How to Treat Nerve Pain After Shingles

For most people, the symptoms of shingles usually fade away along with the rash that may have appeared along one side of their body or face. But for some people, pain persists long after their skin has cleared.

It’s called postherpetic neuralgia, and it’s a complication of shingles. You might feel intense sensations of tingling, burning, and shooting that don’t let up. This could last for 3 months or longer, and you could be sensitive to touch and have trouble wearing clothes.

If you’ve had shingles and you’re hurting weeks or months later, talk to your doctor.

She’ll want to know more about your symptoms and come up with a treatment plan. That can include a mix of medications and other things to give you relief.

What Can I Take to Feel Better?

Your doctor has a host of ways to treat your pain after shingles, including a variety of medications. They include:

Anticonvulsants: These medications were developed to control seizures, but they can also help reduce the pain of postherpetic neuralgia. Examples are:

Carbamazepine (Carbatrol, Equetro, Epitol, Tegretol)

Gabapentin (Fanatrex, Neurontin)

Pregabalin (Lyrica)

Tricyclic antidepressants: These have been shown to help ease the pain of postherpetic neuralgia. They include:

Amitriptyline (Elavil)

Desipramine (Norpramin)

Nortriptyline (Pamelor)

Prescription painkillers: Over-the-counter medicine may be enough for mild cases, but others might need more powerful opioid (narcotic) painkillers, such as:

Hydrocodone with acetaminophen (Lorcet, Lortab, Norco, Vicodin)

• Long-acting hydrocodone (Zohydro ER, Hysingla ER)

Hydromorphone (Dilaudid, Exalgo)

Meperidine (Demerol)

Methadone (Dolophine, Methadose)

• Morphine (Astramorph, Avinza, Kadian, MS-Contin, Oramorph SR)

Oxycodone (OxyContin, OxyFast, Roxicodone)

• Oxycodone and naloxone (Targiniq ER)

• Oxycodone and acetaminophen (Percocet)

Talk to your doctor or pharmacist about side effects of any new prescription or over-the-counter medication.

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Topical Treatments

You might find relief with treatments you put on your skin. You can talk to your doctor about:

Creams: Some of these contain capsaicin, the ingredient in cayenne pepper that gives it a kick. Examples are Capsin and Zostrix. You can buy this over the counter but make sure your doctor knows if you plan on using these.

Patches: Capsaicin is also in Qutenza, which is applied via a patch for one hour every 3 months. You need to visit the doctor’s office for this.

Lidoderm is a patch that has a numbing agent called lidocaine. It’s applied directly to the painful area of skin. You need a prescription.

Other Ways to Ease the Pain

Most people with postherpetic neuralgia use medication to control their symptoms. But there are other ways to control the pain, too. They include:

TENS (transcutaneous electrical nerve stimulation): You use a device that shoots tiny electrical currents into the area of pain on the skin. This helps block the pain.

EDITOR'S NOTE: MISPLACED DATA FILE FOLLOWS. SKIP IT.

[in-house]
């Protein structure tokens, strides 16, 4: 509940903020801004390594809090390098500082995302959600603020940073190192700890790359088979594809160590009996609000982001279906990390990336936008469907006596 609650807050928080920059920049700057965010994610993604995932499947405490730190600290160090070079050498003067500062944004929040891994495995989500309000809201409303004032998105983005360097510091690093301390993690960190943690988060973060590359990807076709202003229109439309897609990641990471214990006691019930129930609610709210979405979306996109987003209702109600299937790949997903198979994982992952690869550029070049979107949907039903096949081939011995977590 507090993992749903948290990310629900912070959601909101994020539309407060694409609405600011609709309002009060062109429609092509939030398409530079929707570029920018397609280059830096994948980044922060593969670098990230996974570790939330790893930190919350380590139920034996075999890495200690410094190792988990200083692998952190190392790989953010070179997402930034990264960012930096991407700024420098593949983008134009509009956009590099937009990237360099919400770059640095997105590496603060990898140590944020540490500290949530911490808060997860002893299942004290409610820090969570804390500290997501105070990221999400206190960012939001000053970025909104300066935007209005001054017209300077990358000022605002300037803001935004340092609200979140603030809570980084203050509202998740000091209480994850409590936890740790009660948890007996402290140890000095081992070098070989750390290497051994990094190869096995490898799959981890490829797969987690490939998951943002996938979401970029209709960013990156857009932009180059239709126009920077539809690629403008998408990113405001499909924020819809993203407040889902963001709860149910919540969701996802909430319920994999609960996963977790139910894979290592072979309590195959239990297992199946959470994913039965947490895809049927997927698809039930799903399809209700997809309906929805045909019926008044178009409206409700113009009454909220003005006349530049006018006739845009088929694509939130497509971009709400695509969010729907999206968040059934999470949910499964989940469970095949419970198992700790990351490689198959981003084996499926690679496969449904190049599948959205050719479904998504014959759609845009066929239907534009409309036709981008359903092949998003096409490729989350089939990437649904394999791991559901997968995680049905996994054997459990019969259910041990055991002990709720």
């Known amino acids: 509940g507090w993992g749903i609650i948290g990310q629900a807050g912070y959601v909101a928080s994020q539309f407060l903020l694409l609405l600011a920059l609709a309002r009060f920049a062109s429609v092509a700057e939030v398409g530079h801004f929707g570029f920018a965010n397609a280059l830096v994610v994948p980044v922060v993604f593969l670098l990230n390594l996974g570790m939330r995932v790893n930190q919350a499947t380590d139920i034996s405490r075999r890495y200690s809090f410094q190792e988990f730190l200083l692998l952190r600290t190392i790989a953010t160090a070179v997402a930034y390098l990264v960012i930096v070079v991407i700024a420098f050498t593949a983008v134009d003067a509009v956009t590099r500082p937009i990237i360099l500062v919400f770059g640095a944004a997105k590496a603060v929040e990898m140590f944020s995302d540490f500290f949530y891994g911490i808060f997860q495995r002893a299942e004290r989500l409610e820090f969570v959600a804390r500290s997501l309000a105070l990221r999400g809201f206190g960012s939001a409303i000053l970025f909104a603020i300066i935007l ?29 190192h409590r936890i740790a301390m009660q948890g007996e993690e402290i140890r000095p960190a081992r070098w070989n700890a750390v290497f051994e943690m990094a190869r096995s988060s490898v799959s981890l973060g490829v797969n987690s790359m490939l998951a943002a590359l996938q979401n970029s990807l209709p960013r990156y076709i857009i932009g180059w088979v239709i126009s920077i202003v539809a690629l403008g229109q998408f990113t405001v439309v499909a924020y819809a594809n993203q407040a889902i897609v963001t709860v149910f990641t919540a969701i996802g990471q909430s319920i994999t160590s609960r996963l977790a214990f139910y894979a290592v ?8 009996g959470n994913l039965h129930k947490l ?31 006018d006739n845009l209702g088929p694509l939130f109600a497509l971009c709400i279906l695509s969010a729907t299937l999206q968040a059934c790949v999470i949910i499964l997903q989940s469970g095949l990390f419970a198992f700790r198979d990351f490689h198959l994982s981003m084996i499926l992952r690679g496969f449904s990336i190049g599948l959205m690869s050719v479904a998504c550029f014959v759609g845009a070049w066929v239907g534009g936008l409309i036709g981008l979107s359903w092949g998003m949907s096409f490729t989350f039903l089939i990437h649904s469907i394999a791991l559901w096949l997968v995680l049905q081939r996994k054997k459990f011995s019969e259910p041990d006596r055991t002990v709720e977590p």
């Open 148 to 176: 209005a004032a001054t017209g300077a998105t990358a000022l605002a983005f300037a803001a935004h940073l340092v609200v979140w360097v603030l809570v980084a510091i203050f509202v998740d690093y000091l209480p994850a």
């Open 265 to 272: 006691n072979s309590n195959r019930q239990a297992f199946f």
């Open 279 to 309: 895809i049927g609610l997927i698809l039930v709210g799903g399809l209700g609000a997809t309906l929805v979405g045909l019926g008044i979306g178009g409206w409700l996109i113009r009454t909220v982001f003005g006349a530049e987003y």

Cold packs: Try a gel-filled one to numb the area unless cooler objects make your neuralgia worse.

Comfortable clothes: Go for looser fits and fabrics such as cotton and silk.

Can I Prevent It?

The FDA has approved a shingles vaccine. It’s called Zostavax. The vaccine is now recommended for everyone 60 and older. For this age group, it reduces the chance of getting shingles by about one half. People from 50 to 59 may want to talk to their doctor about it if they are having ongoing pain or skin issues or have a weakened immune system.

Even in those who get the vaccination and still develop shingles, the painful period is reduced.

Certain medicines can also reduce the severity of shingles and how long it lasts. The main treatment is with antiviral drugs during the early stages of shingles, within 2 to 3 days of symptoms coming on. Medications used include:

Acyclovir (Zovirax)

Famciclovir (Famvir)

Valacyclovir (Valtrex)

WebMD Medical Reference Reviewed by Carol DerSarkissian on September 13, 2016

Sources

SOURCES:

NIH. National Institute on Aging, “Shingles: How Long Does Shingles Last?”

UCLA Health, “About Postherpetic Neuralgia.”

Mayo Clinic, “Postherpetic Neuralgia: Symptoms.”

National Health Services UK: “Post-herpetic neuralgia – Treatment.”

American Academy of Family Physicians:“Shingles.”



Center for Shingles and Postherpetic Neuralgia: "Surgical options for treating postherpetic neuralgia," "Treating shingles with tricyclic antidepressants to lessen the risk of PHN."



Johnson R., BMJ, April 5, 2003.



Jung, B., Neurology, May 2004



Lyrica: "PNH: How Lyrica Works."



Mounsey A., American Family Physician, Sept. 15, 2005.



NINDS:“Shingles: Hope through Research.”



Oxman, M. New England Journal of Medicine, June 2, 2005.



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Food and Drug Administration:“FDA Licenses New Vaccine to Reduce Older Americans’ Risk of Shingles.”



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